The statistics are chilling, and often sensational: the United States spends more on health care than any other nation (over 13% of GNP), but over thirty-seven million people go uninsured; its infant mortality rate is higher than any other industrialized country's; its citizens die sooner and get sick more often than counterparts in Europe and Japan. But the numbers, which have become so depressingly familiar, tell only part of the story.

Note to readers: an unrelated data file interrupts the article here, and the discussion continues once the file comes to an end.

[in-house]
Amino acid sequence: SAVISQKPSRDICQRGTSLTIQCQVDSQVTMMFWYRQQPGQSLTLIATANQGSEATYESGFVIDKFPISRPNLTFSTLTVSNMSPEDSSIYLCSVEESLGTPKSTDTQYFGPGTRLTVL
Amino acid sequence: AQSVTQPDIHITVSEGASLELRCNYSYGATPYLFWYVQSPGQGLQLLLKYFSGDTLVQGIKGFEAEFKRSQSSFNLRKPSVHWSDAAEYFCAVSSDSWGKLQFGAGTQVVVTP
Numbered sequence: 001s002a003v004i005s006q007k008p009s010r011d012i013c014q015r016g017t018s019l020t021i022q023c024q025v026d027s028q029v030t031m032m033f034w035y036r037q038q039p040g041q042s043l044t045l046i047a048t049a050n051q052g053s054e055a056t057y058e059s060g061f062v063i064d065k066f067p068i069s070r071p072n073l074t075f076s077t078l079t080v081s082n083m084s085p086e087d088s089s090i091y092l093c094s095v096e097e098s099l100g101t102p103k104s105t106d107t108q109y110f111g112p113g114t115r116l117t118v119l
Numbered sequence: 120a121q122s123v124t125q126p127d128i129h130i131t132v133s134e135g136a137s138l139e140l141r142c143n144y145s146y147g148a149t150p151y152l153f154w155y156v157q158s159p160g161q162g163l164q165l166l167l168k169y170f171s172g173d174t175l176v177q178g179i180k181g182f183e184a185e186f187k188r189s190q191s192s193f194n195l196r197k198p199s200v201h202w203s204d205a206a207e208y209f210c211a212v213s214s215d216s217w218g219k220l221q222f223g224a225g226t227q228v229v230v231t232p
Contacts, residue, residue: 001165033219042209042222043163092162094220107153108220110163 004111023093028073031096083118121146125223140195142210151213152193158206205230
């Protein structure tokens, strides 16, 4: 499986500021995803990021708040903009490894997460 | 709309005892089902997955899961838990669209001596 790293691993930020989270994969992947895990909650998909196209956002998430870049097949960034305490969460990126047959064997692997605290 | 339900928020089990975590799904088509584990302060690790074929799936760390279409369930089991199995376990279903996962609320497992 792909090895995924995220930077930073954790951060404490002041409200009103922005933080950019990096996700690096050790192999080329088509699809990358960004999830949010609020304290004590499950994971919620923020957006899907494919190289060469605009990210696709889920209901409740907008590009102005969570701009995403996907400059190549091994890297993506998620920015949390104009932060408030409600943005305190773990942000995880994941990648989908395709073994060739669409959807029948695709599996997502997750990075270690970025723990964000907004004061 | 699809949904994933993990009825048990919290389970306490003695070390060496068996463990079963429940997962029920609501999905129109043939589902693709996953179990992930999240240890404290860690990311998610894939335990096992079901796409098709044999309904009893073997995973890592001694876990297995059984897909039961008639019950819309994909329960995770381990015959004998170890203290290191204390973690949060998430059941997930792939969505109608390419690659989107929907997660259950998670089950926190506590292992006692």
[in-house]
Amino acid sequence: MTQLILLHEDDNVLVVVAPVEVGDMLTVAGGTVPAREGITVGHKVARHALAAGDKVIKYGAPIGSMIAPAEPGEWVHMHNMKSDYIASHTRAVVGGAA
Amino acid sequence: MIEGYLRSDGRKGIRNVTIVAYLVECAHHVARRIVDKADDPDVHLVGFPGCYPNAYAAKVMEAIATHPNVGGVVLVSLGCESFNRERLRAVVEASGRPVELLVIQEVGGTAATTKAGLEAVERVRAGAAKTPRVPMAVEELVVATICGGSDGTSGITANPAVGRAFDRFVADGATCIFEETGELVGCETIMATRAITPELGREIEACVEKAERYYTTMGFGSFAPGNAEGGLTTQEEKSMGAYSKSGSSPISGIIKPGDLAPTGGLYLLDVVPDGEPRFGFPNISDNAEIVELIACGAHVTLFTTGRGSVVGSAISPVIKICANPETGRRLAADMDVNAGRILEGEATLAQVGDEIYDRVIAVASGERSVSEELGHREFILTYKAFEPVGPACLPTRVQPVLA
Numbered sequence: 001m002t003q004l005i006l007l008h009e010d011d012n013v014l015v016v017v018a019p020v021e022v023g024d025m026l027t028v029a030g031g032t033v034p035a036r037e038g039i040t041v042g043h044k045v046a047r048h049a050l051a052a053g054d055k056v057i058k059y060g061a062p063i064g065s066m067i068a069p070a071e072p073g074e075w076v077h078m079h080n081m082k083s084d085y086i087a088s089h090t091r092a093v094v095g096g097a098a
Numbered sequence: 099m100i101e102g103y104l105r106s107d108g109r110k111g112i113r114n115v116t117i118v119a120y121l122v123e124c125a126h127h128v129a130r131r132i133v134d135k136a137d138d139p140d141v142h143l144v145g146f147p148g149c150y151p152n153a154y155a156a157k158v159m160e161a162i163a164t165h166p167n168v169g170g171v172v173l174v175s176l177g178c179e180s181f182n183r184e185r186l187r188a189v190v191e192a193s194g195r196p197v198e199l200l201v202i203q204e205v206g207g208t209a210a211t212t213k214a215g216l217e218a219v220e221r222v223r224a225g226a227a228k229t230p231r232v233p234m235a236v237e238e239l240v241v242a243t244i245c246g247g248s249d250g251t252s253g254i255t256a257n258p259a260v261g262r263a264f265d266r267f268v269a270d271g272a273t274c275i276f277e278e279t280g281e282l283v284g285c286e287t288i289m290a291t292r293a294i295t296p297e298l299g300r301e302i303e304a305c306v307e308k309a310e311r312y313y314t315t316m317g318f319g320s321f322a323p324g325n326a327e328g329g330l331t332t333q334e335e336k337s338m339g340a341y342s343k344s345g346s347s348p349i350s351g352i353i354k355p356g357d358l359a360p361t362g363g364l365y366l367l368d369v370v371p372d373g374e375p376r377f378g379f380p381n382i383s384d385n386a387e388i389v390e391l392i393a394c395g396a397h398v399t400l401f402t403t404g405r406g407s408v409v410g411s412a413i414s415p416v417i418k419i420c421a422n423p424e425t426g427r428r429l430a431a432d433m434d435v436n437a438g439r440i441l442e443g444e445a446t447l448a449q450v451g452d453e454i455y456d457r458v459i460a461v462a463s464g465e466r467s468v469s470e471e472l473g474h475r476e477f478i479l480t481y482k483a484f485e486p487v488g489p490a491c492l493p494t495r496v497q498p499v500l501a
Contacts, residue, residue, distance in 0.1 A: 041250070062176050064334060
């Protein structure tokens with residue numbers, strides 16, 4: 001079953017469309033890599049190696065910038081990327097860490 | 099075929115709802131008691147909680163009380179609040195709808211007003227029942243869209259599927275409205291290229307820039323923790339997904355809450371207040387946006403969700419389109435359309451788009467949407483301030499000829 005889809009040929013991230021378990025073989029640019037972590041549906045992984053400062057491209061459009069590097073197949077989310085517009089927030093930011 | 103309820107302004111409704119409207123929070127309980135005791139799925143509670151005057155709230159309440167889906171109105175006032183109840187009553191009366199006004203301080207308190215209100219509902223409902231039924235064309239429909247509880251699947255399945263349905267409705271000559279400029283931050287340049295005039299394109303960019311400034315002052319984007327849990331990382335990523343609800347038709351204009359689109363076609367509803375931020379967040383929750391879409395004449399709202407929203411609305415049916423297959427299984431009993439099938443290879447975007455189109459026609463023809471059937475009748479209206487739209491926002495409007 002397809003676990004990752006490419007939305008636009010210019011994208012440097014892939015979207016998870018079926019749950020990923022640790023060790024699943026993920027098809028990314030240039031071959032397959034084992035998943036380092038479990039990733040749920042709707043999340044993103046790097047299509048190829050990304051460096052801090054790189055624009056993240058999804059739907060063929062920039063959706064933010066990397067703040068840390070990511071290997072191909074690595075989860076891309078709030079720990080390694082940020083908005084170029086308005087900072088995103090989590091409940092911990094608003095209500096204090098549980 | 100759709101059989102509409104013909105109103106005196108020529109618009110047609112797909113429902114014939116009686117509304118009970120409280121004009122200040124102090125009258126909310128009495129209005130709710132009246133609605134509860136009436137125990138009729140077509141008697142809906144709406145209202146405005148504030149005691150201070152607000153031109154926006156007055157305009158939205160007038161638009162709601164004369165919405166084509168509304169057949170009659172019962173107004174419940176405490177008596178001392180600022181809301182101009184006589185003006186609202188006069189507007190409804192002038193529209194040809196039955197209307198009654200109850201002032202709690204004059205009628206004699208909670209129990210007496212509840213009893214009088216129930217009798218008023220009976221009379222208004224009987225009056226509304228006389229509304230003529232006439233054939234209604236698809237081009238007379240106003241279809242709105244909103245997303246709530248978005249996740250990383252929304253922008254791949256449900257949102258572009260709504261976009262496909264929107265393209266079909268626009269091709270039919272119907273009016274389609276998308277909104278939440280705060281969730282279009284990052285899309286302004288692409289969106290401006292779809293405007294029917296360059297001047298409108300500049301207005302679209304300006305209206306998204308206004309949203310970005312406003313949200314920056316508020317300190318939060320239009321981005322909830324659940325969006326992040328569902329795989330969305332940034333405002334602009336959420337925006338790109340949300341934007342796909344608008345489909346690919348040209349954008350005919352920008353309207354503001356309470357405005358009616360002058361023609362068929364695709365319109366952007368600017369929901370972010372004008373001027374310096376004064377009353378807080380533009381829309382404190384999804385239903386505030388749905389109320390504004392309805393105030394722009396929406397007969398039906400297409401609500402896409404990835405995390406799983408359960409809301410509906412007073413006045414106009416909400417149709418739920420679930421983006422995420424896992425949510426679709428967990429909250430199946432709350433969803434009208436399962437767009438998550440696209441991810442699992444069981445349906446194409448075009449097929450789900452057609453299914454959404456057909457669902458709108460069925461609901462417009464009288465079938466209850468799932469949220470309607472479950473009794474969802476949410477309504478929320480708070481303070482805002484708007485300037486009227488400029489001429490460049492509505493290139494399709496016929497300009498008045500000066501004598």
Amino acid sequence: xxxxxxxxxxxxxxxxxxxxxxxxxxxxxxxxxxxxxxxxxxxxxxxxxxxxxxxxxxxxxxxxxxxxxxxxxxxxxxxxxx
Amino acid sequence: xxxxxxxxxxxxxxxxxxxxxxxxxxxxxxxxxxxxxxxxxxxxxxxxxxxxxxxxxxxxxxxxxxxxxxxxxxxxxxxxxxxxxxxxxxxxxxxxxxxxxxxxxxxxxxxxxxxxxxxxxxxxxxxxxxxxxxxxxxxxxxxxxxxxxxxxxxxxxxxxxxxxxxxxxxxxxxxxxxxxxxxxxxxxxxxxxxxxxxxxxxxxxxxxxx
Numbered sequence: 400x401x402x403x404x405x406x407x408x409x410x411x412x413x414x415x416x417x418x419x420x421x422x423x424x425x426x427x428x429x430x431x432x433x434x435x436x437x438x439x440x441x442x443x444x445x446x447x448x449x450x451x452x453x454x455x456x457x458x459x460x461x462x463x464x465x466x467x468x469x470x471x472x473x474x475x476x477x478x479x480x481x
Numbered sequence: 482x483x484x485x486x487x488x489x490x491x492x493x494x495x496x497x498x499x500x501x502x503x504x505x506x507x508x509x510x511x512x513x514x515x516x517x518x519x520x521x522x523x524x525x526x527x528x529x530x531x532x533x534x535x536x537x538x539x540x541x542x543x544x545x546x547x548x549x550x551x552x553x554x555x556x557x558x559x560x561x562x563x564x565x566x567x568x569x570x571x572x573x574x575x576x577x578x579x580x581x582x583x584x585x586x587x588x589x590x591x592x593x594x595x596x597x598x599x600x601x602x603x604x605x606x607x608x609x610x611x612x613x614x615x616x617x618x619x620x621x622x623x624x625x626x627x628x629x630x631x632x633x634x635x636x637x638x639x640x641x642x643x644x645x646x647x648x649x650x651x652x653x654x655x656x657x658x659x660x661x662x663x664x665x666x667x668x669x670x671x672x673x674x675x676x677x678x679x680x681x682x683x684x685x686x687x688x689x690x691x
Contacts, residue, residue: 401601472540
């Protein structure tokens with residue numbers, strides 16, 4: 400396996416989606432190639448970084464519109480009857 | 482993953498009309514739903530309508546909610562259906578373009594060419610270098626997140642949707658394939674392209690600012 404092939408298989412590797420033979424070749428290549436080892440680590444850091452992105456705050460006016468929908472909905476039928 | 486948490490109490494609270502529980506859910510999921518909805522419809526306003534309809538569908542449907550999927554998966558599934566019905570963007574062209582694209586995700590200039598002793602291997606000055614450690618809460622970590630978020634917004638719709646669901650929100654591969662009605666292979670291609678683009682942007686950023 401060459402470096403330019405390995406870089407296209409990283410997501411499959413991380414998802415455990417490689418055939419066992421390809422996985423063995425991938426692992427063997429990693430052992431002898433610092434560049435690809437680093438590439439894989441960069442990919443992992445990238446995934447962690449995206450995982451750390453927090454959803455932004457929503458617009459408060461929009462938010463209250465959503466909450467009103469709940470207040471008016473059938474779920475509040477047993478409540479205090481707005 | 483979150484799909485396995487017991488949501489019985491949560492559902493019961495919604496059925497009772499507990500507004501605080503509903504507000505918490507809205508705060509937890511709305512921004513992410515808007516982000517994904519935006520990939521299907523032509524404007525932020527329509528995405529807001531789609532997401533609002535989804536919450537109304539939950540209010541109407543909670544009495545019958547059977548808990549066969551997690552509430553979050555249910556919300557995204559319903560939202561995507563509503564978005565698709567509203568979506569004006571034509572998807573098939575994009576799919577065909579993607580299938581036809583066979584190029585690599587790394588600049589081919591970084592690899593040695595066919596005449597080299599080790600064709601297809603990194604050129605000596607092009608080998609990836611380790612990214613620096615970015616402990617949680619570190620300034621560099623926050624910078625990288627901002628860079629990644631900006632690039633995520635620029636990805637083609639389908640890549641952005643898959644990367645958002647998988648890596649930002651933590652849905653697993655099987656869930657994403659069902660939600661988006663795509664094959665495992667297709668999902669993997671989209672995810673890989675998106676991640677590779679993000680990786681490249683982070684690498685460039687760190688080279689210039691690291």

"America's Health Care: Which Road to Reform? - Introduction,"
Yale Law & Policy Review: Vol. 10
, Article 3.
Available at: http://digitalcommons.law.yale.edu/ylpr/vol10/iss2/3